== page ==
Unlocking our youth’s potential through collaborative education initiatives

Published Jun 26, 2024


Takalani Netshitenzhe

In South Africa, our youth represent a significant portion of our population yet they face daunting challenges in the labour market.

The unemployment rate for those aged between 15 and 34 years stands at a staggering 45.5%. The statistic highlights a pressing need for targeted interventions, with education a vital strategy to combat the crisis.

The link between education and employment is undeniable. Individuals with higher levels of education are more likely to secure and maintain employment than their peers without matric.

Education plays a pivotal role in equipping young people with the necessary skills and abilities for career success later in life and contributing to an equitable society. If we are to tackle the scourge of youth unemployment, we need to promote access to quality education for young people.

Since the end of apartheid, the government has made strides to bridge disparities in our education system, particularly for historically disadvantaged population groups.

However, with more than a third of young South Africans not in employment, education or training, a collective effort is needed to accelerate meaningful change in our education system and maximise impact.

Using its capabilities, the private sector has an opportunity to partner with the public sector to support transformative educational initiatives, contributing to a skilled workforce and socio-economic development in our country.

To achieve quality education, learners and educators need a safe, conducive environment in which to learn and teach. Unfortunately, many schools in South Africa lack adequate infrastructure and educational materials, especially in rural areas.

Private sector investment can help overcome the deficiencies by upgrading facilities, installing security and providing learning resources. This includes implementing digital technology and digital literacy training to equip pupils with relevant skills for future employment.

At Vodacom, we have partnered with the Department of Basic Education to develop a comprehensive education ecosystem that promotes access to quality education.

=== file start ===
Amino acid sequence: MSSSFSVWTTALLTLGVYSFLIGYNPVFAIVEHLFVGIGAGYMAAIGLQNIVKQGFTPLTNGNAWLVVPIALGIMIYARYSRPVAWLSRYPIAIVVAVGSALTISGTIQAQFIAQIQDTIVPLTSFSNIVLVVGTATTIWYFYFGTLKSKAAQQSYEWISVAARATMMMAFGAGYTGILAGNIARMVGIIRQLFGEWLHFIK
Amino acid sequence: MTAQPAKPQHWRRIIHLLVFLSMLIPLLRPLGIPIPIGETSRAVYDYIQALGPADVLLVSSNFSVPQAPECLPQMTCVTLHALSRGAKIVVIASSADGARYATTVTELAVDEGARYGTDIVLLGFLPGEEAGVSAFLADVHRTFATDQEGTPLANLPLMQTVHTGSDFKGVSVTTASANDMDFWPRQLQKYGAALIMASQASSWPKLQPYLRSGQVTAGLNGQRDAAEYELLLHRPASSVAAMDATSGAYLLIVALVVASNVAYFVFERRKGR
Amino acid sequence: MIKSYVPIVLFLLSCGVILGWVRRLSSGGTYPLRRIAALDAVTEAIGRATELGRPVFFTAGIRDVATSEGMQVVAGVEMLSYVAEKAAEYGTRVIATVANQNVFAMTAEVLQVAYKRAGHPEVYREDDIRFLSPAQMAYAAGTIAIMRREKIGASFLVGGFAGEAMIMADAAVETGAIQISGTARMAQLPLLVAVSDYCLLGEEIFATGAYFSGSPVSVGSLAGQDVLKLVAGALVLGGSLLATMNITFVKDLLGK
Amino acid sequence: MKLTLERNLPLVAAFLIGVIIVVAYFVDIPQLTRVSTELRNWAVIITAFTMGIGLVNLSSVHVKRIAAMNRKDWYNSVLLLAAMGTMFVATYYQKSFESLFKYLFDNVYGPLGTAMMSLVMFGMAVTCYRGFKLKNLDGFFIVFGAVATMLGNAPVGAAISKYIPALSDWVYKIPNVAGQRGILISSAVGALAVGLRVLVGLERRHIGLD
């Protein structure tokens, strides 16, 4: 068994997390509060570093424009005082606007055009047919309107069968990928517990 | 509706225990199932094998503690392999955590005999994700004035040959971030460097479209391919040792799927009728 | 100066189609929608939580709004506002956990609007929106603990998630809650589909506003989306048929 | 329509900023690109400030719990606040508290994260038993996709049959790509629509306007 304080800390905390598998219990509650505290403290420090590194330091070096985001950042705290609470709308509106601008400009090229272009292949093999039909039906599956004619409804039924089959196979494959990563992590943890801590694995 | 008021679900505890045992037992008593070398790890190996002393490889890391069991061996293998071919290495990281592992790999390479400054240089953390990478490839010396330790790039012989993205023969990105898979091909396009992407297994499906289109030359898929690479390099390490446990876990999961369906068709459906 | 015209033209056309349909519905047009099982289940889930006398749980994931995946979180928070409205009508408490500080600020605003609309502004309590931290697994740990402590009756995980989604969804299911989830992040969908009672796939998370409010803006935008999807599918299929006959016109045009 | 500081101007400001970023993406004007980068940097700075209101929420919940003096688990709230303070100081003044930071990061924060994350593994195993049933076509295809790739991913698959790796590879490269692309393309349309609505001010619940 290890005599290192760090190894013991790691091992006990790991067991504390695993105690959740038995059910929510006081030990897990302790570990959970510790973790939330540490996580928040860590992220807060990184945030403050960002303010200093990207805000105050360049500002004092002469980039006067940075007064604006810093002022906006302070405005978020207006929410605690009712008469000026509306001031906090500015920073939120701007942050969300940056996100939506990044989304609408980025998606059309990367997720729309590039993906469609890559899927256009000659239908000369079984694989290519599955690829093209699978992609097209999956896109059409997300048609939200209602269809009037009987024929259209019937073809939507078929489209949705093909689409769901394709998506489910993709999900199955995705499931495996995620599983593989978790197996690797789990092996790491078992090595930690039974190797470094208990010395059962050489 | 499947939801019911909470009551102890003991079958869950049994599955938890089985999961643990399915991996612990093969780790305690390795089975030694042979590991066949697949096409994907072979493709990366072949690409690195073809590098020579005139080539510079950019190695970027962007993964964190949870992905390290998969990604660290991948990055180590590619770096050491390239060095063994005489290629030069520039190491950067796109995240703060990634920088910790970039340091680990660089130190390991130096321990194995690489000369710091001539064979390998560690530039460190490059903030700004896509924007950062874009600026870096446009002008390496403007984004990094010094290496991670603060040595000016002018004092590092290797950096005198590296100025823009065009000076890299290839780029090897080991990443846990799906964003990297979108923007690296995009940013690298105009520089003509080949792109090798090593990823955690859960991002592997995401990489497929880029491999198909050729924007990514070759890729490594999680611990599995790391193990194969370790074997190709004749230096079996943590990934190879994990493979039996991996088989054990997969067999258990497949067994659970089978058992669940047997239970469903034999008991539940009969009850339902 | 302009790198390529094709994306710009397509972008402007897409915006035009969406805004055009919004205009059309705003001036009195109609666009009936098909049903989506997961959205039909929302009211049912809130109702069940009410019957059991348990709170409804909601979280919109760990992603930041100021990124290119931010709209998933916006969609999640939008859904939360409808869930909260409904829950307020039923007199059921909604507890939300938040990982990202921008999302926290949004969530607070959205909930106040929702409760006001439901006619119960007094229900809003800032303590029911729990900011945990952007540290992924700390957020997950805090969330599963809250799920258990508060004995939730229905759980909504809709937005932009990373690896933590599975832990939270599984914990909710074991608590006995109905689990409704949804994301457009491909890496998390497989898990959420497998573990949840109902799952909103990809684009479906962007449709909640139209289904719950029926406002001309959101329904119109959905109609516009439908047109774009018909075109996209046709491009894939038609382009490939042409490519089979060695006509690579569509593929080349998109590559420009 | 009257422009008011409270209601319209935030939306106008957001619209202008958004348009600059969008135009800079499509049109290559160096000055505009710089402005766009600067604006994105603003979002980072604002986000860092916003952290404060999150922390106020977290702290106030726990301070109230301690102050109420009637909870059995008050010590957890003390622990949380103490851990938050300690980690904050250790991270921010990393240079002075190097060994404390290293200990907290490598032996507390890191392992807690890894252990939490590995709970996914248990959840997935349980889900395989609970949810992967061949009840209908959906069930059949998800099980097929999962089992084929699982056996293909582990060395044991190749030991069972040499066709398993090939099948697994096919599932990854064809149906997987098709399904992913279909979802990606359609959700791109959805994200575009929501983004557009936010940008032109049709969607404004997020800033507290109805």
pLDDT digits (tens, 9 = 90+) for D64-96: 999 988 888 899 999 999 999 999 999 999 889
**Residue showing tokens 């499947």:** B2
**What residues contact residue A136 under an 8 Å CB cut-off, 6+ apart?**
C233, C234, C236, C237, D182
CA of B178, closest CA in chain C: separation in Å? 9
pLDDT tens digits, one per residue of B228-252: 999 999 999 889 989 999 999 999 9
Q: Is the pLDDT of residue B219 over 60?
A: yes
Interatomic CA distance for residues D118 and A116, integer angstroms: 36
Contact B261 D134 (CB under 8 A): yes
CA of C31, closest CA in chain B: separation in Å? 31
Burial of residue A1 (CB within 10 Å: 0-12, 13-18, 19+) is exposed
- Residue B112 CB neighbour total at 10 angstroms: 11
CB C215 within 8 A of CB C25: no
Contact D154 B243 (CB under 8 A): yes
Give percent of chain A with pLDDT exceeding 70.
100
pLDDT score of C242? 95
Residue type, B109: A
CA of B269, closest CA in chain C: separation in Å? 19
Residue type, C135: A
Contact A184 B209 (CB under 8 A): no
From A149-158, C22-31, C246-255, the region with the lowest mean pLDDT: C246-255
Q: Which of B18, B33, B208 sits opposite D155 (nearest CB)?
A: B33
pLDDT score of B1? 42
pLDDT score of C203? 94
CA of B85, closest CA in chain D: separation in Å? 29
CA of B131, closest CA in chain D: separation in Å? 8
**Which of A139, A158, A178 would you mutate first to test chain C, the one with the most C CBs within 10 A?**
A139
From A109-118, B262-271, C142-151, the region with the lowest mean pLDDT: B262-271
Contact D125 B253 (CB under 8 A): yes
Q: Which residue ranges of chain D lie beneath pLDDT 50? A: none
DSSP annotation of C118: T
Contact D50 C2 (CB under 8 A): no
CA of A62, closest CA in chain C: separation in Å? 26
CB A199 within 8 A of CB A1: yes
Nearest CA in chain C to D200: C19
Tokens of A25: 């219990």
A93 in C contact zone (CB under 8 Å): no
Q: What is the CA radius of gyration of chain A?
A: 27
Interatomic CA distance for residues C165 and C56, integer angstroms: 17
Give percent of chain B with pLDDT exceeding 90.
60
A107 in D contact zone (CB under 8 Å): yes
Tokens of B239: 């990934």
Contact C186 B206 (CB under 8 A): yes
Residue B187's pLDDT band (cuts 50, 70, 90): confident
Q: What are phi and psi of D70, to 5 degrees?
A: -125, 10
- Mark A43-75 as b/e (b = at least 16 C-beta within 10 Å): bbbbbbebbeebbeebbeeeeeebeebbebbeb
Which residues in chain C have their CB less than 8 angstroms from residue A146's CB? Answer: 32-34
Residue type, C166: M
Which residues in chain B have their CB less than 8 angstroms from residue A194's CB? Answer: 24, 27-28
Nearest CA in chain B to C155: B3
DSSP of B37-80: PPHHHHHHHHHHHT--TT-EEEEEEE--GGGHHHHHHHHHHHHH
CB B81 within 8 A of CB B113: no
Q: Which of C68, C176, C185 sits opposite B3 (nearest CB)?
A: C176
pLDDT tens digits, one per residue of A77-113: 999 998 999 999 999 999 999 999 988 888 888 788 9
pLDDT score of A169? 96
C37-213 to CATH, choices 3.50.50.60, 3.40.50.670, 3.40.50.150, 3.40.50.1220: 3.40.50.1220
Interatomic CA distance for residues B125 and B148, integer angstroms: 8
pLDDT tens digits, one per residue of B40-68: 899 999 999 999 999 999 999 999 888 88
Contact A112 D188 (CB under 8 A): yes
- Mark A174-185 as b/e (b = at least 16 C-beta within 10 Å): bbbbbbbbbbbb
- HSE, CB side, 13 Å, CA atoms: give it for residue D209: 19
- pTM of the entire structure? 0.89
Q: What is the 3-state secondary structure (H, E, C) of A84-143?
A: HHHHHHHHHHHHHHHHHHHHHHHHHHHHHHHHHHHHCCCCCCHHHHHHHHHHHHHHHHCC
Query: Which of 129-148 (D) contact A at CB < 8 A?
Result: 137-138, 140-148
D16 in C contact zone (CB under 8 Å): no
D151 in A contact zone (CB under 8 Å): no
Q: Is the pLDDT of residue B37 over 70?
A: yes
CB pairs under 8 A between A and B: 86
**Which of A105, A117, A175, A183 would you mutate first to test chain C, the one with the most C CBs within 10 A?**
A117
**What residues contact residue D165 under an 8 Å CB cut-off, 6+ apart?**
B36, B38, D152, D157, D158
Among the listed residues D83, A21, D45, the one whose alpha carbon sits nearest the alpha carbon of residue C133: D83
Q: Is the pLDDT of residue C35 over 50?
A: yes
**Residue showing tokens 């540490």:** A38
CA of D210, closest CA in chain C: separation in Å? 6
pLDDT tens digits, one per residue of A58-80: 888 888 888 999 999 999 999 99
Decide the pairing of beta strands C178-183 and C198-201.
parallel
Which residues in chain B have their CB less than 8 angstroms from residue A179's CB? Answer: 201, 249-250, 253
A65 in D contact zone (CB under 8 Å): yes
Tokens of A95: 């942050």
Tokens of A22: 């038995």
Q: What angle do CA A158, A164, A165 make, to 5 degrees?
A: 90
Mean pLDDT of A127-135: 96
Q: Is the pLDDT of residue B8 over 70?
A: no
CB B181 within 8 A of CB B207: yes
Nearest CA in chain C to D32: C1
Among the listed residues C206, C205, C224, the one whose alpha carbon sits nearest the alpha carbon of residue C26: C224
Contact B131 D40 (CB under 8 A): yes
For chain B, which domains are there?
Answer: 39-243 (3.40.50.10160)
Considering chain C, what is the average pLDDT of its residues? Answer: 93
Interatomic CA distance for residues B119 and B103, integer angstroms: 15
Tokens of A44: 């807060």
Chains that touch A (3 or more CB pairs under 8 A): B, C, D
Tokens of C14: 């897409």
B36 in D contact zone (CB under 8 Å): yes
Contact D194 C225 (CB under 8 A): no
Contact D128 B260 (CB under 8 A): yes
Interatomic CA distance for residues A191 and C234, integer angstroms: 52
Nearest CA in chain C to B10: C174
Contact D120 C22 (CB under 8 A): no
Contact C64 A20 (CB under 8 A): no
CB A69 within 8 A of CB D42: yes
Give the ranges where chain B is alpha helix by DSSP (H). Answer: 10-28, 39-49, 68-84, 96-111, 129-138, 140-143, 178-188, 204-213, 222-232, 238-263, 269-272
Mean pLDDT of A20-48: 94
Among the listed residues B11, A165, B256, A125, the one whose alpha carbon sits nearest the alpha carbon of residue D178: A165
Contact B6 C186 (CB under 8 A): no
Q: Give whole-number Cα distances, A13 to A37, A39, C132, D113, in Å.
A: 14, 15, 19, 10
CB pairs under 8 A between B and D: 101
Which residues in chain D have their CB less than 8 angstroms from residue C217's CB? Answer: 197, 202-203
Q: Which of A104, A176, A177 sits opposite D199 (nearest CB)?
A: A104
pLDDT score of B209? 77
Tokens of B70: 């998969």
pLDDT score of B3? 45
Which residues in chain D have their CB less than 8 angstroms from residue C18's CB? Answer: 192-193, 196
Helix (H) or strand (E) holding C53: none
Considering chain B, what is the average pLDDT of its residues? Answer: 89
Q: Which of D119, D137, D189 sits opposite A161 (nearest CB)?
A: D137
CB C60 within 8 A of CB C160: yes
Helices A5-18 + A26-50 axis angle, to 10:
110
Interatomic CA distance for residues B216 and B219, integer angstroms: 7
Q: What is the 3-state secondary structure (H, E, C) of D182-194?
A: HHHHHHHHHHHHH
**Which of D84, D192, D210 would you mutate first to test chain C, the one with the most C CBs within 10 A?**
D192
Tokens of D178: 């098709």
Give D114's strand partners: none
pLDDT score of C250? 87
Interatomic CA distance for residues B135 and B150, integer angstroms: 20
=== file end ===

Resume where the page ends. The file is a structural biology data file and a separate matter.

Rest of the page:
Within the model, we have supported Schools of Excellence (SoEs) at the secondary school level with technology, infrastructure and psychosocial interventions, so pupils and teachers have the best tools and learning conditions to enhance academic performance.

Since 2018, we have expanded SoEs from 13 to 25 across the country, benefiting thousands of learners nationwide.

To meet job market needs, the curriculum needs to focus on industry-relevant skills. The private sector can help integrate programmes in science, technology, engineering and maths (Stem), alongside initiatives like career guidance, work experience and entrepreneurship development, to widen employment possibilities.

As part of Vodacom’s education ecosystem, we have launched the Virtual Classroom solution in under-resourced schools, which provides connectivity, digital equipment and training, and includes a robotic and coding component. We have also empowered almost 6 000 teenage girls in coding basics, life skills and career exposure through our Code Like a Girl programme, which aims to dismantle gender stereotypes that exist around Stem.

Businesses can promote inclusivity and enable talented individuals from disadvantaged backgrounds to access quality education by offering scholarships and bursaries. Then beyond graduation, joint strategies between the public sector and private sector need to be in place to open doors to employment, further education or self-employment for young people with qualifications. Providing the support is crucial if we are to have a capable workforce who can participate in, and grow, the economy.

The success of our Youth Academy demonstrates how the collaboration can make a positive difference in the lives of young people. Established in partnership between Vodacom, Cisco, MICT-Seta and the Department of Basic Education, the academy has equipped 2 000 unemployed youth from impoverished backgrounds with ICT skills.

After graduating, the young people have the potential to be offered internships and workplace experience, including in Vodacom’s programmes as paid ICT youth co-ordinators and training facilitators, fostering further youth engagement with ICT skills.

While the government has a responsibility to improve access to quality education, the private sector’s support of education initiatives is indispensable. We need to work hand in hand if we are to unlock our youth’s potential and create a brighter, more equitable future for all South Africans.

Netshitenzhe is director of external and regulatory affairs for Vodacom South Africa